Each cohort were asked questions on factors driving export activity; factors that may stop or prevent exporting; important promotion activities; timing of financial assistance; and ranking what they consider are important features for financial support. Businesses/exporters were also asked to provide key characteristics of their business, such as age; turnover; export turnover; number of employees; the number of EMDG grants; and use of consultants to engage with EMDG. The non-businesses/ exporter cohort were also asked the optimum size of business that best encourages them to export.

In most cases, the questionnaire allowed free text responses for each of the main questions, encouraging respondents to expand on the issue being discussed.

On the whole, responses to most ‘business characteristic’ questions could be compared to results from the EMDG administration database. For the most part, results were similar.

The online consultation provided useful information on why SMEs export and the features of the EMDG scheme that businesses value. It also highlighted that there is demand from SMEs to simplify the way the assistance is administered.

Key conclusions from the online consultation were:

1. Respondents suggested that they began exporting primarily ‘ to grow the business’ followed by ‘limited local demand for my product/service’. This ranking was consistent irrespective of the age of the business (Figure C1).

Figure C1: Why did you start exporting?

Source: Austrade’s Review of Financial Assistance to SME Exporters, online consultation

7%

17%

21%

40%

75%

0 1 0 2 0 3 0 4 0

Per cent of respondents

50 60 70 80

I wanted to grow my business

Limited local demand for my product/service

I started my business as an exporter

All my competitors are doing it

Improved trading conditions

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2. Respondents clearly highlighted that ‘natural fit for product’ and ‘connections and existing relationships’ are the main reasons that exporters choose an export market (Figure C2).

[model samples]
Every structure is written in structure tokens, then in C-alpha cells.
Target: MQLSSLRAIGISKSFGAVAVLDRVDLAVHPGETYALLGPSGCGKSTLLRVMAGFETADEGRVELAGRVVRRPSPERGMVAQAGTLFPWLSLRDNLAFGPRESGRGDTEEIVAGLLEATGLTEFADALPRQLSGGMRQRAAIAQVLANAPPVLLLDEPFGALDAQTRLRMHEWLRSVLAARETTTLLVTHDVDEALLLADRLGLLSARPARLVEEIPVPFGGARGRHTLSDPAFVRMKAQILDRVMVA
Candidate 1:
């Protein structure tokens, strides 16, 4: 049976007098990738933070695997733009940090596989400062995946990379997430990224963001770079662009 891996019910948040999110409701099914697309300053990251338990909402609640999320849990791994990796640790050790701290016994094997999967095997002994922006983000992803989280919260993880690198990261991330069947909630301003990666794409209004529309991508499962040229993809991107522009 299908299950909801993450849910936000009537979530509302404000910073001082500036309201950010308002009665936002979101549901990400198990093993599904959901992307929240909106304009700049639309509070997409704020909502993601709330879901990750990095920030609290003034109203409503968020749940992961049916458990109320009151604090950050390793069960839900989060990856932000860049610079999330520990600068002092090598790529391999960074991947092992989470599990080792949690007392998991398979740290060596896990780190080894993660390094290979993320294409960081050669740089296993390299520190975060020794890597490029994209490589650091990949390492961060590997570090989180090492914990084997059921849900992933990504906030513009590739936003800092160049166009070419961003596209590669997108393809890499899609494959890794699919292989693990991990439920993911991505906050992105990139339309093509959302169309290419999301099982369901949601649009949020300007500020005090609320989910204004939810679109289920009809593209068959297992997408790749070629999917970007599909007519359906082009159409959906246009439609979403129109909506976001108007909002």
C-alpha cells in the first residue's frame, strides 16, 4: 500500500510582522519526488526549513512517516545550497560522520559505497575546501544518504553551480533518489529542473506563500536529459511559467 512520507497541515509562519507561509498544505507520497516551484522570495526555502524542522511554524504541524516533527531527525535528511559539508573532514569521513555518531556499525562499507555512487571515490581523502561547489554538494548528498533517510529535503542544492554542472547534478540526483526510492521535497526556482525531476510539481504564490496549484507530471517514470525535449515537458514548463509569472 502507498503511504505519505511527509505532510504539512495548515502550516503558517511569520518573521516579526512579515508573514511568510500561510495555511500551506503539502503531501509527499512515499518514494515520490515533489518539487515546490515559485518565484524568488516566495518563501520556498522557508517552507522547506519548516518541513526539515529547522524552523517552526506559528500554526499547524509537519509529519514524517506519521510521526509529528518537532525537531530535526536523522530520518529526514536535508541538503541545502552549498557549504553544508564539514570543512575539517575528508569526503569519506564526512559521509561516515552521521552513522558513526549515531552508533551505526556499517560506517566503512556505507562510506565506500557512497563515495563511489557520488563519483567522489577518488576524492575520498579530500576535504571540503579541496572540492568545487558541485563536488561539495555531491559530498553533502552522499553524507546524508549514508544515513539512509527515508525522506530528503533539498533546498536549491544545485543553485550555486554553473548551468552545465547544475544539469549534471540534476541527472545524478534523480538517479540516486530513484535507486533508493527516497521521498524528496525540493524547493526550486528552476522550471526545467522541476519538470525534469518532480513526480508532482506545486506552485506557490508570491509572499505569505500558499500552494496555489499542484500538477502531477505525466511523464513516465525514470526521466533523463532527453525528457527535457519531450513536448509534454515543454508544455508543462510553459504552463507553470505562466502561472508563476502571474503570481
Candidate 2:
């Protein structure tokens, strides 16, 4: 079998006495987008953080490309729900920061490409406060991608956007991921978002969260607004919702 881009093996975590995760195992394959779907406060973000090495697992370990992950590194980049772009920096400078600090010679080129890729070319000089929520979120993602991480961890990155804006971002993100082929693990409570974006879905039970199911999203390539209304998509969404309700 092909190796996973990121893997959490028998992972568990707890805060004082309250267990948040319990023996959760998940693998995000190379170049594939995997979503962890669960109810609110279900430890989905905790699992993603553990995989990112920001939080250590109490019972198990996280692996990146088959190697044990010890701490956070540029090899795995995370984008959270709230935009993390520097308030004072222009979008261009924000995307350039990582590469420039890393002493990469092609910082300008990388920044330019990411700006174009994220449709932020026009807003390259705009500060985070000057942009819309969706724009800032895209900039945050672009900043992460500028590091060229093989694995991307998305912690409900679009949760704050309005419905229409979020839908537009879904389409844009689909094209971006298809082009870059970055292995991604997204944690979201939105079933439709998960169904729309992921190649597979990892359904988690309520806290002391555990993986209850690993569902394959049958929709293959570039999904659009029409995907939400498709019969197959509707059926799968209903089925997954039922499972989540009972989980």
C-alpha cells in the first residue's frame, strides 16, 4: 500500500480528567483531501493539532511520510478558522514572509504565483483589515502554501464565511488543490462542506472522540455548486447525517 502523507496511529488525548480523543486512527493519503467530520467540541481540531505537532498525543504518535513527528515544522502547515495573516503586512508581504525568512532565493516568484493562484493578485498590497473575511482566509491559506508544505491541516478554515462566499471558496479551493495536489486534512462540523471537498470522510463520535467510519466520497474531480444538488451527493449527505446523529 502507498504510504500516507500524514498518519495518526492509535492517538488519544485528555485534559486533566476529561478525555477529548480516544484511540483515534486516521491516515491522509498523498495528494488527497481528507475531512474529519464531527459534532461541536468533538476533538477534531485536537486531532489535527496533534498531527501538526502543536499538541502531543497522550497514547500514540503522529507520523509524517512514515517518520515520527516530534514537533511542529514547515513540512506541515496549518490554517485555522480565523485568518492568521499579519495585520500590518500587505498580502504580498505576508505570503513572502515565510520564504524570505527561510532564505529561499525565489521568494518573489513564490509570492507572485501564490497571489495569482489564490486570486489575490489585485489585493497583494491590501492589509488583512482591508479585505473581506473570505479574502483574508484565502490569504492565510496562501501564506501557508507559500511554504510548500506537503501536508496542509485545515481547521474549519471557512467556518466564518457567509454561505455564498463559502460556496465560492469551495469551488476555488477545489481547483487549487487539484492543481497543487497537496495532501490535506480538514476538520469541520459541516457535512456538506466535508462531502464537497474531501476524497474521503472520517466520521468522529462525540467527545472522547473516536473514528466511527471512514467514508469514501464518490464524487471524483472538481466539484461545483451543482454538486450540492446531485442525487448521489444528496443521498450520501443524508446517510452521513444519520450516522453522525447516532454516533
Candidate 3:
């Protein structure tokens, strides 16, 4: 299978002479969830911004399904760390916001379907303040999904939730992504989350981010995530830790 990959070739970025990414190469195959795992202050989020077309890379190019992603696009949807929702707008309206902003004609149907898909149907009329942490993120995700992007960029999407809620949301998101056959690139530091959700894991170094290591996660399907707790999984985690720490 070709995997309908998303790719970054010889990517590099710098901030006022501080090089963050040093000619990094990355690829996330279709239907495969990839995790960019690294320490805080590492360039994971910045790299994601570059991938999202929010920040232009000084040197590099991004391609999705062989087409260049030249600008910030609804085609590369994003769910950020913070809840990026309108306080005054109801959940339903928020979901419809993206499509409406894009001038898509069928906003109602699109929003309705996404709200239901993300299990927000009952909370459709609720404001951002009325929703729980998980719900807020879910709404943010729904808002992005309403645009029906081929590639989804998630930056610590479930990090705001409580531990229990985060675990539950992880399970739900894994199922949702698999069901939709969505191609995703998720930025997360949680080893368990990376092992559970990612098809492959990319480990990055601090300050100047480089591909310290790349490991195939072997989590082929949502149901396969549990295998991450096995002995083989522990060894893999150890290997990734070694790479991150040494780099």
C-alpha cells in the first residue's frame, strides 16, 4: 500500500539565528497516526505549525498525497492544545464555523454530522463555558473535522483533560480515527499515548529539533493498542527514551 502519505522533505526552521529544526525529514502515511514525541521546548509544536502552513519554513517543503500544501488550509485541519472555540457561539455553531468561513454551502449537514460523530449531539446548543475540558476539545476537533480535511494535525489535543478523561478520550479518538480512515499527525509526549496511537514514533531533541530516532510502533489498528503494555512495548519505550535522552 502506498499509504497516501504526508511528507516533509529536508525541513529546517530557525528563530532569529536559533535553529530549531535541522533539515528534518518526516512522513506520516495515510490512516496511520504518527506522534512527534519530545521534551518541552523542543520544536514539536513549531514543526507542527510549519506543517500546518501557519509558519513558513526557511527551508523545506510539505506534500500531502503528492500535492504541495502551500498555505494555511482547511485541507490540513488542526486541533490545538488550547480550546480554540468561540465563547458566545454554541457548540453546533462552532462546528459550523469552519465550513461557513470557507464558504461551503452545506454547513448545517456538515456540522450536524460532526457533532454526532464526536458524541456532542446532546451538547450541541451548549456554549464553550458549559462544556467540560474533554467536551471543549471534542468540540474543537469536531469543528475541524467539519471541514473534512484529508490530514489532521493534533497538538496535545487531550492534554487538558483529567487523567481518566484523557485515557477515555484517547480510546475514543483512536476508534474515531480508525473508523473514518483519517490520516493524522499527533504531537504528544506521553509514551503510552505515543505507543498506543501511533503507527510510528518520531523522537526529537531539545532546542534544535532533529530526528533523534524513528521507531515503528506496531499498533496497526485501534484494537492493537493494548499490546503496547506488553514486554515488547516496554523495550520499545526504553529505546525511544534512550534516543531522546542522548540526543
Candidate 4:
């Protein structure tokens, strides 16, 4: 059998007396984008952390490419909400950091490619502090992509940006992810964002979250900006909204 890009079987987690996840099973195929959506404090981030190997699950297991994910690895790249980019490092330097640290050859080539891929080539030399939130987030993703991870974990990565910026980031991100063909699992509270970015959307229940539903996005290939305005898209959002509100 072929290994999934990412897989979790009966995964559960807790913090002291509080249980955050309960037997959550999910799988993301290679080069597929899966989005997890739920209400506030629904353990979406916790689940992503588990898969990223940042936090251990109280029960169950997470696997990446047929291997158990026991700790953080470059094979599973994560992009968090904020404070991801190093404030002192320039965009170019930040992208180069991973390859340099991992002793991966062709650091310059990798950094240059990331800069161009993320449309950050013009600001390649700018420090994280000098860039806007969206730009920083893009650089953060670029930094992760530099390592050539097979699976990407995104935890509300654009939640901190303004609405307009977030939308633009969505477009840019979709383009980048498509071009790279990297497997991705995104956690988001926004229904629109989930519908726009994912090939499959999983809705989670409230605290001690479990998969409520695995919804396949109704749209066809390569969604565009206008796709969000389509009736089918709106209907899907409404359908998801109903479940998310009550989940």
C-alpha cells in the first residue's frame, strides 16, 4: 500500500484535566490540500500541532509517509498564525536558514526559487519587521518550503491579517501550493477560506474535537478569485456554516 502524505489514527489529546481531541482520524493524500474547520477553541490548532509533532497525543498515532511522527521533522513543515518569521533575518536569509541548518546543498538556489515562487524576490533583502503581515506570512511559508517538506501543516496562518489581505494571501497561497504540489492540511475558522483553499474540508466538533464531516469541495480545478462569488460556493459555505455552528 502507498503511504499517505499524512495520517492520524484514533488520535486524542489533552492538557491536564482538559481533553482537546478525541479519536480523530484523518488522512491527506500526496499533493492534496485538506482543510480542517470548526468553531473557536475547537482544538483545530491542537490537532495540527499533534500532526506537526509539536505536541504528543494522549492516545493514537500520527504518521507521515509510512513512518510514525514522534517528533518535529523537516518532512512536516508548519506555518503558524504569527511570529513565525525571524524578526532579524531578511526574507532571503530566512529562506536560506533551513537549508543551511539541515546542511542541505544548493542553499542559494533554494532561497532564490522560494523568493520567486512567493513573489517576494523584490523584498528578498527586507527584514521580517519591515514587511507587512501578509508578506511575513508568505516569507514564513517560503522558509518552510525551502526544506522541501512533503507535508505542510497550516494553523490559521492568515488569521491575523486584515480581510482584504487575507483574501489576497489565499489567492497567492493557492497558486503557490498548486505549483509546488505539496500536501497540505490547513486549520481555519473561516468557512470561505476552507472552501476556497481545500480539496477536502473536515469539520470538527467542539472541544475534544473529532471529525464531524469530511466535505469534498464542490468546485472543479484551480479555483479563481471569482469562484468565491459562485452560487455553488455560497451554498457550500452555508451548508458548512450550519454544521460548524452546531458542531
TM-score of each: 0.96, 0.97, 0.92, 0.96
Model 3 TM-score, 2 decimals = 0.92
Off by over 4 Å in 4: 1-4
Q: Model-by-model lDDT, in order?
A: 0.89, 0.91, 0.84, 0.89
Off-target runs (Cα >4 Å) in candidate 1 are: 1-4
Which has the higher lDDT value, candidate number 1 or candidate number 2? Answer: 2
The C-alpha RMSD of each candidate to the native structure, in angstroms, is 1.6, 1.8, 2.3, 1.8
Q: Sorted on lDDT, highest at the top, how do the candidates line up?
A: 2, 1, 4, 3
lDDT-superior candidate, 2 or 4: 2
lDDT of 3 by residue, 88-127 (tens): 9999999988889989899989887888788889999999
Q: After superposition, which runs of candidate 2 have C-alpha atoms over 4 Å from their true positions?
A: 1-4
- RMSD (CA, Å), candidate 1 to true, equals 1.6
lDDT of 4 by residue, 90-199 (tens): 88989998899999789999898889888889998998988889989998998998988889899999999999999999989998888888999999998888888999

Figure C2: Main reasons to choose export markets

Source: Austrade’s Review of Financial Assistance to SME Exporters, online consultation

3. Exporters preferred to receive support when starting to export or expanding their exports (to new markets or expanding in existing markets, see Figure C3). These are periods of higher risk in their export journey when finances are committed with unknown outcomes.

Figure C3: At what stage would financial assistance increase the likelihood of you achieving export success?

Source: Austrade’s Review of Financial Assistance to SME Exporters, online consultation

5%

8%

14%

23%

30%

34%

68%

72%

0 1 0 2 0 3 0 4 0

Per cent of respondents

50 60 70 80

Natural fit for my product

Connections and existing relationships

Low barriers to access the country

Market research showed this was a good option

I could customise my product for that country

Favourable exchange rate/s

To take advantage of a Free Trade Agreement

Low costs to send my goods there

2.79

2.62

2.42

2.18

2.0 2.1 2.2 2.3 2.4

Weighted score (out of 4)

2.5 2.6 2.7 2.8 2.9

Expanding - either increasing your presence in one country or expanding to other countries

Starting to export

Preparing to export - finding countries to sell to and securing contracts

Establishing an export strategy

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4. ‘Having access to multiple years of funding’ was the design feature favoured by most respondents. (Figure C4). On the other hand, exporters rated ‘a single place for all government programs’ the lowest. This feedback was similar to that from the consultant respondents.

Simplicity, in terms of having ‘easy to understand rules and a simple application process’ featured prominently as a core design feature of a government financial assistance program. Exporter respondents also ranked receiving full payment slightly above receiving the money quickly. ‘Certainty of a payment’ ranked the highest with consultants.

Figure C4: Importance of features in a government financial assistance program designed to encourage export promotion activity

Source: Austrade’s Review of Financial Assistance to SME Exporters, online consultation

5. ‘Travel overseas (to meet new and current clients)’ and ‘travel to attend trade shows’ are clearly the activities for which exporters prefer to receive financial support. ‘Free samples and business planning’ were the least preferred areas for support (Figure C5).

Figure C5: How important is it that you receive financial assistance for the following activities?

Source: Austrade’s Review of Financial Assistance to SME Exporters, online consultation

2.8

2.7

2.7

2.7

2.5

2.2

2.0 2.1 2.2 2.3 2.4